The Governors’ Climate and Forests Task Force (GCF) is a unique sub-national collaboration between 15 states and provinces from the United States, Brazil, Indonesia, Nigeria, and Mexico that seeks to integrate Reducing Emissions from Deforestation and Forest Degradation (REDD) and other forest carbon activities into emerging greenhouse gas (GHG) compliance regimes in the United States and elsewhere. As such, the GCF represents an important component of broader efforts to mobilize and advance financing for REDD activities on a pay-for-performance basis; to provide recommendations for legal and regulatory design of GHG compliance markets to recognize REDD activities; to build capacity for such activities in large subnational jurisdictions in key tropical forest countries; and to develop institutions and programs for linking subnational REDD activities with ongoing national and international efforts.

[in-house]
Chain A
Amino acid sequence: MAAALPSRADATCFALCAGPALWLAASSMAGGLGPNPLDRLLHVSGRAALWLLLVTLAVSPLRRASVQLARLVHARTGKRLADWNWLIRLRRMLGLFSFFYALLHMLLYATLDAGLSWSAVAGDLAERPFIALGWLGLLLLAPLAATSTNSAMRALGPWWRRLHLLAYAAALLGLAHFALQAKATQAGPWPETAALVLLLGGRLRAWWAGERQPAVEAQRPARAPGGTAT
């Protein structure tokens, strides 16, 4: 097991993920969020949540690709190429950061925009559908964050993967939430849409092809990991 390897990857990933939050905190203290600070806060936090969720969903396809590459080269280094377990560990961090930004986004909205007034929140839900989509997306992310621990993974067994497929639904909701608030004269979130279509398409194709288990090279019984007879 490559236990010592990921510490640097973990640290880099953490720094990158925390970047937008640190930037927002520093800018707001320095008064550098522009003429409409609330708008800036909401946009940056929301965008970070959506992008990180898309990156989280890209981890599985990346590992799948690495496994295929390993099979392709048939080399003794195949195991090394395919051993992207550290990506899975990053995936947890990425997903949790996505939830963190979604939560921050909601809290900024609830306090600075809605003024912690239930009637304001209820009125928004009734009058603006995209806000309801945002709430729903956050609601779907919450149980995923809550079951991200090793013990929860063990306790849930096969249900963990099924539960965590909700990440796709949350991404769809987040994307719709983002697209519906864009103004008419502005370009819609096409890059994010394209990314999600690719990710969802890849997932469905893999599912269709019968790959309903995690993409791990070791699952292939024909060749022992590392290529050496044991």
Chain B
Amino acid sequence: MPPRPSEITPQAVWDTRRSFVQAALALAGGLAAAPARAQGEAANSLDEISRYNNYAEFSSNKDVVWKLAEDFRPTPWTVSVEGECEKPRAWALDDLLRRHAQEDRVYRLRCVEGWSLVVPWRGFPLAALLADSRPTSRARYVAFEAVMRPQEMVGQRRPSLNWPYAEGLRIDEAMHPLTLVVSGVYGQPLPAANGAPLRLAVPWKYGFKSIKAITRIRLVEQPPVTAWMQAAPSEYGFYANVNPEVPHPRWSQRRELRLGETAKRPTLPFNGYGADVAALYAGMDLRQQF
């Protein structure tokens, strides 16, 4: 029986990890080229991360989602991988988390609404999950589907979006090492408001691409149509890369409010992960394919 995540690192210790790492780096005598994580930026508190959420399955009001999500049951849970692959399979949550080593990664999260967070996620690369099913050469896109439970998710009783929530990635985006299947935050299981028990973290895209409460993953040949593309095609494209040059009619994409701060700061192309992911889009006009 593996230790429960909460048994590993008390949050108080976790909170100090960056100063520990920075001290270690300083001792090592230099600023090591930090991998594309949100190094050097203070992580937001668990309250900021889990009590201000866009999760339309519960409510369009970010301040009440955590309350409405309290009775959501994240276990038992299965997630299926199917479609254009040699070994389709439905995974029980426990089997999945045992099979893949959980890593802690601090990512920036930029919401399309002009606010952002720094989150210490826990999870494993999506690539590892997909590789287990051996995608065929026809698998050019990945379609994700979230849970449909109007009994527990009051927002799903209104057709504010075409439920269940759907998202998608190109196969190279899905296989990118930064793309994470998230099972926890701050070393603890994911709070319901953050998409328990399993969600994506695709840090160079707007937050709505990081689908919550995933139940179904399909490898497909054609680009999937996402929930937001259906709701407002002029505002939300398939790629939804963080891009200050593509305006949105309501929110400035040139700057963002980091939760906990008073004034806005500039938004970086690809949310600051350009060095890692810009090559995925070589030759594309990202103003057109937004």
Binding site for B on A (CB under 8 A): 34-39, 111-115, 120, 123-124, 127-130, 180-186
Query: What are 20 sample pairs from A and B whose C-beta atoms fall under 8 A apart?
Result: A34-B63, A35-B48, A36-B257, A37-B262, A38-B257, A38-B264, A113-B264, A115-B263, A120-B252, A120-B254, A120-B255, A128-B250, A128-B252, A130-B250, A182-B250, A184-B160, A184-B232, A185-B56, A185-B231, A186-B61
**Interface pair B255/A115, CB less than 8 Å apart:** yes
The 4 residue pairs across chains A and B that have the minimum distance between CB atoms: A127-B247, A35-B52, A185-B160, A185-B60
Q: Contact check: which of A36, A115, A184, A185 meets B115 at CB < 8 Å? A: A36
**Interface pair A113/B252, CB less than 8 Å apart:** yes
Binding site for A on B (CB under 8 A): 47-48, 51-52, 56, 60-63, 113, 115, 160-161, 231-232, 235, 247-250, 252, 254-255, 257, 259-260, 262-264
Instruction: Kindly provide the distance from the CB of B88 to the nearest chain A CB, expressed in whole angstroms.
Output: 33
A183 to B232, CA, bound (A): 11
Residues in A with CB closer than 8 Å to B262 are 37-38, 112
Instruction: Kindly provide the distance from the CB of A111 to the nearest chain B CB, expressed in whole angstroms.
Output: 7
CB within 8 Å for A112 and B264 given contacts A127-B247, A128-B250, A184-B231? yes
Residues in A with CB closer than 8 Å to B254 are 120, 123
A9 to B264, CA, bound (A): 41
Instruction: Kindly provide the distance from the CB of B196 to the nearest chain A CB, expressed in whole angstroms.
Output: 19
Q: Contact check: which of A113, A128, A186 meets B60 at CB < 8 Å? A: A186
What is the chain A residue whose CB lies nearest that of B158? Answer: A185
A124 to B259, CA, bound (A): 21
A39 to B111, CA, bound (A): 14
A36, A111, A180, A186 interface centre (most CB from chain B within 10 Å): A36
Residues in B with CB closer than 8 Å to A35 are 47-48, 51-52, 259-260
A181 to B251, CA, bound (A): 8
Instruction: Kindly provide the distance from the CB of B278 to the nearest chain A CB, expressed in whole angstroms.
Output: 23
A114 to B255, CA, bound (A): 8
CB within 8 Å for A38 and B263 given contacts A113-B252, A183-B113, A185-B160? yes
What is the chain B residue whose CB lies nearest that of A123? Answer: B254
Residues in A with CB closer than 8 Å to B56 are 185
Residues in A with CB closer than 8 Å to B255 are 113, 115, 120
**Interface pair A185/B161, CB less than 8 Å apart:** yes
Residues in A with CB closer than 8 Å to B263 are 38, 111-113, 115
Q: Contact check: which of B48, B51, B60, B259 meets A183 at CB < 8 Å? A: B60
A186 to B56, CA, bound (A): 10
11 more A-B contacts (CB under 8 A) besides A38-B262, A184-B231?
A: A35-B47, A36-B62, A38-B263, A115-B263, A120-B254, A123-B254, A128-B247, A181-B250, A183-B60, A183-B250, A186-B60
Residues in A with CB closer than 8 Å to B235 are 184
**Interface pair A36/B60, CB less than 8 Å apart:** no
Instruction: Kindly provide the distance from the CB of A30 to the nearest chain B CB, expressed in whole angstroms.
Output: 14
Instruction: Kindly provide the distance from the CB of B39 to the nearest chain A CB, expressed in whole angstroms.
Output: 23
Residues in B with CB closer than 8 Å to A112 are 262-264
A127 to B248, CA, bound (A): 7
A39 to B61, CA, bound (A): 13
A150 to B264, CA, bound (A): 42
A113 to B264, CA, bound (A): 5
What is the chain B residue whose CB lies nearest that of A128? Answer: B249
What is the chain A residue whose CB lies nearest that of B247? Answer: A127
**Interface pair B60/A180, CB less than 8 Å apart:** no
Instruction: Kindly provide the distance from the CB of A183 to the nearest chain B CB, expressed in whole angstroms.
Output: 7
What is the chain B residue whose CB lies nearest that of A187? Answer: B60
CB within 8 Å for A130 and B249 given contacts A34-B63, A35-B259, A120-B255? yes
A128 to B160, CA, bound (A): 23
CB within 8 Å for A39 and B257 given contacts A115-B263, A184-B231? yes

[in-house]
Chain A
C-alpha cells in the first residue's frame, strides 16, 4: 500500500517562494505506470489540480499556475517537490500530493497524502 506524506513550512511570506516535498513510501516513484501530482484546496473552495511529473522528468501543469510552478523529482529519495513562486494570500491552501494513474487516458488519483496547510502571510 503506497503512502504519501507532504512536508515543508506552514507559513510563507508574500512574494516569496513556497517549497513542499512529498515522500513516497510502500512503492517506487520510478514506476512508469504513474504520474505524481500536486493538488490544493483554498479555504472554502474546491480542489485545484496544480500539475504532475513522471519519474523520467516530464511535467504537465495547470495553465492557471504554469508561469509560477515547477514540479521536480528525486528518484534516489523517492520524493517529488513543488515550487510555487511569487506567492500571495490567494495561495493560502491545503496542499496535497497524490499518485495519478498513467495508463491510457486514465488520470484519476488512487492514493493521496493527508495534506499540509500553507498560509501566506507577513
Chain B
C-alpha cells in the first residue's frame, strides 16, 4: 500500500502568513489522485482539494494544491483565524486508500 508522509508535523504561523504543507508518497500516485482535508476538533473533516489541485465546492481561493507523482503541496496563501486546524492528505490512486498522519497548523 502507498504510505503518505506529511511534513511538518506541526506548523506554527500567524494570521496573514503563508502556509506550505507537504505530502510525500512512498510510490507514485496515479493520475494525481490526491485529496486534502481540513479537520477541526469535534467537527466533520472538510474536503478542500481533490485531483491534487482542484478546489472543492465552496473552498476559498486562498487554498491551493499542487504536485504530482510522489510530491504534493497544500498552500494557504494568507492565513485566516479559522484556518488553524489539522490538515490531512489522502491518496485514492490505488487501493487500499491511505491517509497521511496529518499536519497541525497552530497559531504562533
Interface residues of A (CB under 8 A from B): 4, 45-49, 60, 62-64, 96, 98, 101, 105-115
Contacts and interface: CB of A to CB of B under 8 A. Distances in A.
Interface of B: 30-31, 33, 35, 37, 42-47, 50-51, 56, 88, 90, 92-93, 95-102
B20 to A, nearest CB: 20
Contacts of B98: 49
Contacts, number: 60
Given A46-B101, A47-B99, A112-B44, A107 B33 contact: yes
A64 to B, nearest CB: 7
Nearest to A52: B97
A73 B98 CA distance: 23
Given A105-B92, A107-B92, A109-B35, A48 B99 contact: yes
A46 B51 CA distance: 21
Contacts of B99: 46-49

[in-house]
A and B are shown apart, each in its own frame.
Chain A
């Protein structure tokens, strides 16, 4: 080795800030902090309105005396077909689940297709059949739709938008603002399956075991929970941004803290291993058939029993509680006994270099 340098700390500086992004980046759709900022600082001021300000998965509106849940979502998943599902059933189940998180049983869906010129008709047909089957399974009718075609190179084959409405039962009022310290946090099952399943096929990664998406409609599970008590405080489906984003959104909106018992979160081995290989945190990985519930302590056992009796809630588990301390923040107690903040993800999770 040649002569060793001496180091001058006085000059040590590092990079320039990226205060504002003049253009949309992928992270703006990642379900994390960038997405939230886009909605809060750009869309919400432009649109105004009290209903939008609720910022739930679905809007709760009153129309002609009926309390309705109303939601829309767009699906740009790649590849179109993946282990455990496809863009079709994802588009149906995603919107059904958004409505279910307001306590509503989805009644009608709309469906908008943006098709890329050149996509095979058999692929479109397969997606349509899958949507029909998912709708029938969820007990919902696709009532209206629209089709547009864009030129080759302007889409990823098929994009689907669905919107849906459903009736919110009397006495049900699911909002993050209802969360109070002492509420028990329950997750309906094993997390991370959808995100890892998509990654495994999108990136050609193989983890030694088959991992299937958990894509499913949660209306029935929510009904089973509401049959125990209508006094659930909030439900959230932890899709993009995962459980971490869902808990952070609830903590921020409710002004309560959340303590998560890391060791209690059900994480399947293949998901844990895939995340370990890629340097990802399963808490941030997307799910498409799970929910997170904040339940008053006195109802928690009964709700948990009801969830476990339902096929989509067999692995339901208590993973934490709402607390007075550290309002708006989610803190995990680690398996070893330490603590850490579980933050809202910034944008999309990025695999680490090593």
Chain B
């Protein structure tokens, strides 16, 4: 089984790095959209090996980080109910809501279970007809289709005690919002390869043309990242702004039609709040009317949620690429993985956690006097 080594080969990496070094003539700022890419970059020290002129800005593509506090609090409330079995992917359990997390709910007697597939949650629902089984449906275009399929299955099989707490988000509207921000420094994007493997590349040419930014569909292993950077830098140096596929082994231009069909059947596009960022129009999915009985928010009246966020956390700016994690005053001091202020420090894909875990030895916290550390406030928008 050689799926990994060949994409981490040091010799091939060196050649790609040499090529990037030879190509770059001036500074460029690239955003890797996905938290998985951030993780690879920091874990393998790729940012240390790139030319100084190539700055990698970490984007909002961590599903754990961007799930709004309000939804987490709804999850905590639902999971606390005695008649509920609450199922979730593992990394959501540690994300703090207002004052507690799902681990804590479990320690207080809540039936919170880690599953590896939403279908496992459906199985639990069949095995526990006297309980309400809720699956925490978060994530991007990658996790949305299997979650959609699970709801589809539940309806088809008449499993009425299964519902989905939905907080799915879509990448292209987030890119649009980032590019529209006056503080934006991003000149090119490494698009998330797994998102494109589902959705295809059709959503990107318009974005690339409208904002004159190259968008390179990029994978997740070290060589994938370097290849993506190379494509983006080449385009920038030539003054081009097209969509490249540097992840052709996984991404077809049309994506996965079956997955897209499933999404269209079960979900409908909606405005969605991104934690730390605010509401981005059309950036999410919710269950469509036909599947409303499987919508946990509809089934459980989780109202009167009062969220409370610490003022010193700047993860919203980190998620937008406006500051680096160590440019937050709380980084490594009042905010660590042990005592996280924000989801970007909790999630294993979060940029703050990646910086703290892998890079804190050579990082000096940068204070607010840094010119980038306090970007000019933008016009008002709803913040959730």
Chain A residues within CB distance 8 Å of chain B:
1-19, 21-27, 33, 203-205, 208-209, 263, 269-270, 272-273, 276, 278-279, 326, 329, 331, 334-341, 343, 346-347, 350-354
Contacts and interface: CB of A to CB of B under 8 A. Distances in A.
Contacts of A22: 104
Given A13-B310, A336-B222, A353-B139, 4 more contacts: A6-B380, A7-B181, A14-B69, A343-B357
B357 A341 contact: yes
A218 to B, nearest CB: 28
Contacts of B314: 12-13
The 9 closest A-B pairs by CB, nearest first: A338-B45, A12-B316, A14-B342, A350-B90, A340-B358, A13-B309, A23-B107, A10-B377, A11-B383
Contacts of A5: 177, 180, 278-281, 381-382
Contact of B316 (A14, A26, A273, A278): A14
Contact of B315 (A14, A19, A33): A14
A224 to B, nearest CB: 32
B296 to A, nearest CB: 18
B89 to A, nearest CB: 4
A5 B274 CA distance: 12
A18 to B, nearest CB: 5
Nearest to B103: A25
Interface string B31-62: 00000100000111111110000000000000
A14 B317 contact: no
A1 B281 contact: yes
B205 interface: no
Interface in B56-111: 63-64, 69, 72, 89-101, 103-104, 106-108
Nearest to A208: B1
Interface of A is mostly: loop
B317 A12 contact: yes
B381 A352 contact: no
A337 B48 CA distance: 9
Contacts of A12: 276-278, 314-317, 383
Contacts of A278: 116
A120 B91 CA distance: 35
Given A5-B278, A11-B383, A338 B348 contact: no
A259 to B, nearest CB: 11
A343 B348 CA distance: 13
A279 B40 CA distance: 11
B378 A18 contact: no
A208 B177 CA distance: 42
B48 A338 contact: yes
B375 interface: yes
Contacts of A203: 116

The Governors’ Climate and Forests (GCF) Task Force originated in November 2008 with a meeting called the Governors’ Global Climate Summit in Los Angeles. At the meeting, the governors of the states of California, Illinois, and Wisconsin signed a Memorandum of Understanding to work with the governors of six states in Indonesia and Brazil on reducing deforestation. A press release about the MoU from the office of Arnold Schwarzenegger, Governor of California at the time, stated that “This agreement is the first state-to-state, sub-national agreement focused on reducing emissions from deforestation and land degradation (REDD) programs.”